What's the national minimum wage?
If you're, say, one of three Republican candidates running in Missouri's U.S. Senate primary, you might be hard-pressed to remember it. (It's $7.25)
But if you're one of about 173,000 people living in Missouri, you can probably rattle it off the top of your head. That's the number of people in Missouri-- enough signatures to put the measure on the November ballot--who signed a petition to raise the state's minimum wage from the national average per hour to $8.25 in 2013, and provide for cost-of-living adjustments in the future.
The measure would also require that employees who earn tips receive 60 percent of the state minimum wage, up from the current 50 percent. And if the federal minimum wage rises above the state rate, then Missouri would adopt the federal wage and apply cost-of-living adjustments to that.
There's a good chance that the measure will pass. Missouri Jobs with Justice, a backer of the minimum wage proposal, supported a successful campaign in 2006 to approve a ballot measure that raised Missouri's minimum wage to $6.50, with adjusted cost-of-living increases.
But not everyone is in favor of it. Restaurant owner Victor Allred, of Kansas City, filed suit over two proposed ballot measures to raise Missouri's minimum wage, the AP reports, claiming they the cost estimates and ballot summaries for the proposals are "insufficient and unfair."
He was endorsed by The Missouri Restaurant Association.
Many economists maintain that raising the minimum wage can negatively impact employment numbers, especially among teenagers and young workers. Scott Brown, chief economist at Raymond James Equity Research, in St. Petersburg, Fla., said that he does not think the Missouri situation would cause any problems. "It's probably not going to matter much," he said. "The typical concern is that it will lead to less-entry level jobs for young people. That's the fear. But again—what's the going wage and what are the typical starting salaries in an office or fast food? Very often those are well above the minimum wage in some areas."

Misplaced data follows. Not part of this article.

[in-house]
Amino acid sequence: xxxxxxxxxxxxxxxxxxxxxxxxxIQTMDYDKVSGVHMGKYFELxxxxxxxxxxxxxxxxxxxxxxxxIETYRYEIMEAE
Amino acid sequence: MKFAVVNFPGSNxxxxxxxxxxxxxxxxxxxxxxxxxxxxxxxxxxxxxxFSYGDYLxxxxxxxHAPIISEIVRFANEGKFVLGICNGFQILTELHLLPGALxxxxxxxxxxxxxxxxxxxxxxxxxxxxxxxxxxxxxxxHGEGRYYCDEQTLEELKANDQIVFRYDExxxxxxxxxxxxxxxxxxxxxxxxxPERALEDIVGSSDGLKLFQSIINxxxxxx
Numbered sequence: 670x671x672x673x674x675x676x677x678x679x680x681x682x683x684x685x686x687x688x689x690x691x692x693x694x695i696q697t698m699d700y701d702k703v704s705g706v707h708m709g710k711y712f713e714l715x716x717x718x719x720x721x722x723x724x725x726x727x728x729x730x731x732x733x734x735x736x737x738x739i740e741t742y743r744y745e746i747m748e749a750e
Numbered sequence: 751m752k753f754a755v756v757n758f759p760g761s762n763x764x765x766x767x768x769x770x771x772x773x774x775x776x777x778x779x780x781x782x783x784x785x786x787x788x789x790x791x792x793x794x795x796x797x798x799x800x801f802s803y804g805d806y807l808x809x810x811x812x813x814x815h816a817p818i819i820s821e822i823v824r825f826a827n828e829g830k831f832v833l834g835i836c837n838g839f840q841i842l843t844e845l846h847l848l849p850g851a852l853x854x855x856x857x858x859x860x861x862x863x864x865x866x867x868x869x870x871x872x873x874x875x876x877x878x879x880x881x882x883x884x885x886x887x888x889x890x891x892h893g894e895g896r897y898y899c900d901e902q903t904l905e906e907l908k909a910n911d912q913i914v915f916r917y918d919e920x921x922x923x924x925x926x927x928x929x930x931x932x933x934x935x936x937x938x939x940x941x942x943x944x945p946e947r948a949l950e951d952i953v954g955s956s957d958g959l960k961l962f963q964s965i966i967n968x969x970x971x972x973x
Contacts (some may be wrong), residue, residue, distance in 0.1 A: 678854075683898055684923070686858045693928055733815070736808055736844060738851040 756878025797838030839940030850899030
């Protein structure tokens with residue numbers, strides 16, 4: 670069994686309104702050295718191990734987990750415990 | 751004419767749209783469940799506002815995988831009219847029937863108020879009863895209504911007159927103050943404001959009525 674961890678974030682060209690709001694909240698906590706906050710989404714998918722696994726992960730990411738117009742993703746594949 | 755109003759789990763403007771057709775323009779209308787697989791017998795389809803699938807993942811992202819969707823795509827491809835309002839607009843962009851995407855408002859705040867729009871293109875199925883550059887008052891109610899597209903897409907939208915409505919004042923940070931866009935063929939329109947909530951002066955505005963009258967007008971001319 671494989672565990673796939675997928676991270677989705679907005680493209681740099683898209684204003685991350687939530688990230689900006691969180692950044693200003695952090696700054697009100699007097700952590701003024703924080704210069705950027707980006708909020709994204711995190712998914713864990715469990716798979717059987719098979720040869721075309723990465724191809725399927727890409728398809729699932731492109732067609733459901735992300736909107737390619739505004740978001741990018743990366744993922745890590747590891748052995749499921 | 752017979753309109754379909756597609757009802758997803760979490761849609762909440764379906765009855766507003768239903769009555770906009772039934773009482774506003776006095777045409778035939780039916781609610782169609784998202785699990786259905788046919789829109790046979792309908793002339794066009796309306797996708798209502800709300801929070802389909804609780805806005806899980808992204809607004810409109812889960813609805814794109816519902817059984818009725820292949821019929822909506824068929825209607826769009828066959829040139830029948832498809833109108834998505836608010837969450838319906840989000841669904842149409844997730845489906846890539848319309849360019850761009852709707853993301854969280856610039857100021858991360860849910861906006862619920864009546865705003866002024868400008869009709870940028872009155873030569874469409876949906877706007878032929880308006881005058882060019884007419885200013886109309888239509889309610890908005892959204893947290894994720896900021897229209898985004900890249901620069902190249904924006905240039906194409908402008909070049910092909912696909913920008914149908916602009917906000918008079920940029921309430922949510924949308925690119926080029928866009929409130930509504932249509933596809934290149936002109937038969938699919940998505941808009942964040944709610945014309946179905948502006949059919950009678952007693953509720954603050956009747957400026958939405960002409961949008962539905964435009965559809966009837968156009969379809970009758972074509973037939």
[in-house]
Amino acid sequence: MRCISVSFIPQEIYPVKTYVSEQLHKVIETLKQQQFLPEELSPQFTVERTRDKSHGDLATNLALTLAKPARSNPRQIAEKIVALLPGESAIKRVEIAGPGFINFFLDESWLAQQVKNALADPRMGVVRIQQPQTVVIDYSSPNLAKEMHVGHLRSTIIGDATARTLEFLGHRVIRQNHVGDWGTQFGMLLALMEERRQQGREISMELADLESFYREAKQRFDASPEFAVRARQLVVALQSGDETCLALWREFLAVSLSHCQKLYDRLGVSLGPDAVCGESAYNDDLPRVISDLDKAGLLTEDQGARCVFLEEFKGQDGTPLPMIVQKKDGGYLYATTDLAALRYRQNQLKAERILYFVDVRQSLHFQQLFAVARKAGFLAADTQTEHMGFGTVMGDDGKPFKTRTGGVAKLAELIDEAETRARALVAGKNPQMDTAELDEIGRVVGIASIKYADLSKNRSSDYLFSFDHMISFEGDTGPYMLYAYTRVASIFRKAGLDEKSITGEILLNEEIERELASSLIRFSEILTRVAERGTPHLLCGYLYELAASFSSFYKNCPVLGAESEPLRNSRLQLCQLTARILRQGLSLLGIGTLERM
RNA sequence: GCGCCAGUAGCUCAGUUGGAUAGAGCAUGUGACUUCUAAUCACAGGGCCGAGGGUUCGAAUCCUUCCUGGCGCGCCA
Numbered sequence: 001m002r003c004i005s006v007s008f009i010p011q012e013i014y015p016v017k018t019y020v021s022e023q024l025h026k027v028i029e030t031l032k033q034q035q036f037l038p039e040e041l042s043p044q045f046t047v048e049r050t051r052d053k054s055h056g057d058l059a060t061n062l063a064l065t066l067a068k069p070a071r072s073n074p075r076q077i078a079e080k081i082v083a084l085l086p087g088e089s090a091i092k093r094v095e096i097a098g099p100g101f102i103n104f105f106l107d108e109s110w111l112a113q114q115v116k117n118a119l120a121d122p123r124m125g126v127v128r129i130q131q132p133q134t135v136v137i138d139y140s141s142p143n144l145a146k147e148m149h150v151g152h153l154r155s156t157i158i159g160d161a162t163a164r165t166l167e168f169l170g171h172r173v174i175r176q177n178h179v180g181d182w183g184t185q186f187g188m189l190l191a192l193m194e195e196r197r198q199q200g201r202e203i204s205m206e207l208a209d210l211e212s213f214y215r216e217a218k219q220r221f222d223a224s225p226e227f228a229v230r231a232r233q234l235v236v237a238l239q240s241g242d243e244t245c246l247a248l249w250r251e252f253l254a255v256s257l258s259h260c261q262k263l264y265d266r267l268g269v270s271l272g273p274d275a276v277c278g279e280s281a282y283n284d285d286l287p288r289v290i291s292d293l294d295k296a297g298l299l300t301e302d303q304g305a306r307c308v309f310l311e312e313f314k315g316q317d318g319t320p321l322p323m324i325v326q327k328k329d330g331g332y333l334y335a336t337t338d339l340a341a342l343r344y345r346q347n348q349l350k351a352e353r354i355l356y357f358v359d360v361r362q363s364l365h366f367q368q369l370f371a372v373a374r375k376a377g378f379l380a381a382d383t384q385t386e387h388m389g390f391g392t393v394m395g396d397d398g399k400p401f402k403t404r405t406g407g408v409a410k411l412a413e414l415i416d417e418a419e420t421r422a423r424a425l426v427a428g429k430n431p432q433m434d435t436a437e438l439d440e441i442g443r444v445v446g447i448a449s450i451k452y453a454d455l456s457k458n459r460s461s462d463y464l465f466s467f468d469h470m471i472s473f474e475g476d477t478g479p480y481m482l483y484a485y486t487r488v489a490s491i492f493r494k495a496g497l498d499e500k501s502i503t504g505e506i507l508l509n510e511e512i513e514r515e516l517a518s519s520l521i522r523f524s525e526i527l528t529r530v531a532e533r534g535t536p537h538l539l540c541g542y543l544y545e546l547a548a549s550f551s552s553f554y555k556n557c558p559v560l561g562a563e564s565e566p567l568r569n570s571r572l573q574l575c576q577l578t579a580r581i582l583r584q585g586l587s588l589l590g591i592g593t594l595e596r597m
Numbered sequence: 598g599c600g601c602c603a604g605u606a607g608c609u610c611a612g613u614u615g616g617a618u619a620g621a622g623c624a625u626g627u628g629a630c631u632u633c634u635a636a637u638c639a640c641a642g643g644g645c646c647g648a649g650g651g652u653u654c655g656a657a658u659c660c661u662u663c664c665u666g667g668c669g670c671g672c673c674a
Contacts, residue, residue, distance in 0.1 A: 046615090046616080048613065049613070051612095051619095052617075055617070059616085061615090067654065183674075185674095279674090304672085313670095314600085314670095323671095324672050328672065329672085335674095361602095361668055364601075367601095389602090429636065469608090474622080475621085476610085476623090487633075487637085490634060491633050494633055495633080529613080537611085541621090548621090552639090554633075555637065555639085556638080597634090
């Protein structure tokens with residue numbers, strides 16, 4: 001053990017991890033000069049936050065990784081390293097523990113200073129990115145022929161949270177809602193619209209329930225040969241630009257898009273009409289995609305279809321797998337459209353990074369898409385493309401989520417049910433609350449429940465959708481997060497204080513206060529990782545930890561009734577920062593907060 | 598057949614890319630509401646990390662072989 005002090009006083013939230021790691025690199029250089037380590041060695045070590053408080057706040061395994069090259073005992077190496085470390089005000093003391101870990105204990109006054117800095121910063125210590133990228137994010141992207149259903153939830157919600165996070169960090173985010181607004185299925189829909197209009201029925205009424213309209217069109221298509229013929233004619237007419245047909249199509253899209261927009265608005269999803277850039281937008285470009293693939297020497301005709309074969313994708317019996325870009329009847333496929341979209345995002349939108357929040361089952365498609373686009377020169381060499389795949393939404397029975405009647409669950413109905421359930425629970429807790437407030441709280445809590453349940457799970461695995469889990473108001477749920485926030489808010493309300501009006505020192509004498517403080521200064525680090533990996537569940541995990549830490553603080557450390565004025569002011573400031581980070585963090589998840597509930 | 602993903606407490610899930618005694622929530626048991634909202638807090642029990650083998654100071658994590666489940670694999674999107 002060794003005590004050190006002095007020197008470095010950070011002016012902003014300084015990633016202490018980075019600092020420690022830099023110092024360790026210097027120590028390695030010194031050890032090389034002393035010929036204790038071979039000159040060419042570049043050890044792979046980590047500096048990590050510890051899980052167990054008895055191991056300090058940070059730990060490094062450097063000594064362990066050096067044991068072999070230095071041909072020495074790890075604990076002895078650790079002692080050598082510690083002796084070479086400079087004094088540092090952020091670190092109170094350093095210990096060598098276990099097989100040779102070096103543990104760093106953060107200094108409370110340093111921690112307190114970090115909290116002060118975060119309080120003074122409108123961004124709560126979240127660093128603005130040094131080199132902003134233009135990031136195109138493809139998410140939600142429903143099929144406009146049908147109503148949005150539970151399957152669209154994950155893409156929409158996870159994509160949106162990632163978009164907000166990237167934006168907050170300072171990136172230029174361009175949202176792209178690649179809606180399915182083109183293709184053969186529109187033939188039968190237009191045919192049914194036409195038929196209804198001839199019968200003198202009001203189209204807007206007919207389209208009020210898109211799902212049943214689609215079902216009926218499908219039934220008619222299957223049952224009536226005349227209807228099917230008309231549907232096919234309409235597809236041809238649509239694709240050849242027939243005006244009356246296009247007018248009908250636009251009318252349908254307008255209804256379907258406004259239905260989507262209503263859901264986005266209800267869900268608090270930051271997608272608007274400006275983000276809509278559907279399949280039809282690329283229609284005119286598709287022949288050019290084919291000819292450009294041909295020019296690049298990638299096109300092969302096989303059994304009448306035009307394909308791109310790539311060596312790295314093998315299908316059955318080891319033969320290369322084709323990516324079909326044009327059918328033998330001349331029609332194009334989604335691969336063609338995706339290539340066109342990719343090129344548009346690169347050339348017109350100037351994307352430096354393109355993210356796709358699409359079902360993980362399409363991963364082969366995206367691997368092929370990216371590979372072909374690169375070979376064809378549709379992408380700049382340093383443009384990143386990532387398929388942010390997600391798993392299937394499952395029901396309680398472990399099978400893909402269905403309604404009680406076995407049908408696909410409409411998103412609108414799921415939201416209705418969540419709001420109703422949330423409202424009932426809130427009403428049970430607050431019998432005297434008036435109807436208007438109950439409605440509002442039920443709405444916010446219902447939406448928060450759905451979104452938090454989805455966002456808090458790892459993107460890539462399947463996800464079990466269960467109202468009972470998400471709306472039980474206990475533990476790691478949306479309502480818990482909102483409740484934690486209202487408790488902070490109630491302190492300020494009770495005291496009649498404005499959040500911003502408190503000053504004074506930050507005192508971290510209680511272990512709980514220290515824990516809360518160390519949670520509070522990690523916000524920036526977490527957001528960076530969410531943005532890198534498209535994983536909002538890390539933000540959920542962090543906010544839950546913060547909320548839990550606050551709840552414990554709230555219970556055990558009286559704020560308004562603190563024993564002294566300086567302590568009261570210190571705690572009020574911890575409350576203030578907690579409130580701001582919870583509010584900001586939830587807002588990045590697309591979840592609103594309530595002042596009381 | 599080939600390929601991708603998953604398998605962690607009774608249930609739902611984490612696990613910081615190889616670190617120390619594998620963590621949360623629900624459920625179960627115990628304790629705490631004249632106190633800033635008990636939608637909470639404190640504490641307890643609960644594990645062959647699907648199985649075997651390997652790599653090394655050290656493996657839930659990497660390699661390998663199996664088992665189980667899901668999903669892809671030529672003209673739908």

On its web site, the US. Department of Labor lists the states whose minimum wage is above the national average, below, the same—or doesn't have a minimum wage law. (23 states have a minimum wage at the federal level of $7.25.)
Here's the top states with the highest minimum wages.
4. Nevada, Connecticut, Illinois
Here are the bottom states with the lowest minimum:
(Applicable to employers of 4 or more)
Small employer (enterprise with annual receipts of less than $625,000) $5.25
Large employer (enterprise with annual receipts of $625,000 or more) $6.15
(Applicable to employers of 4 or more employees)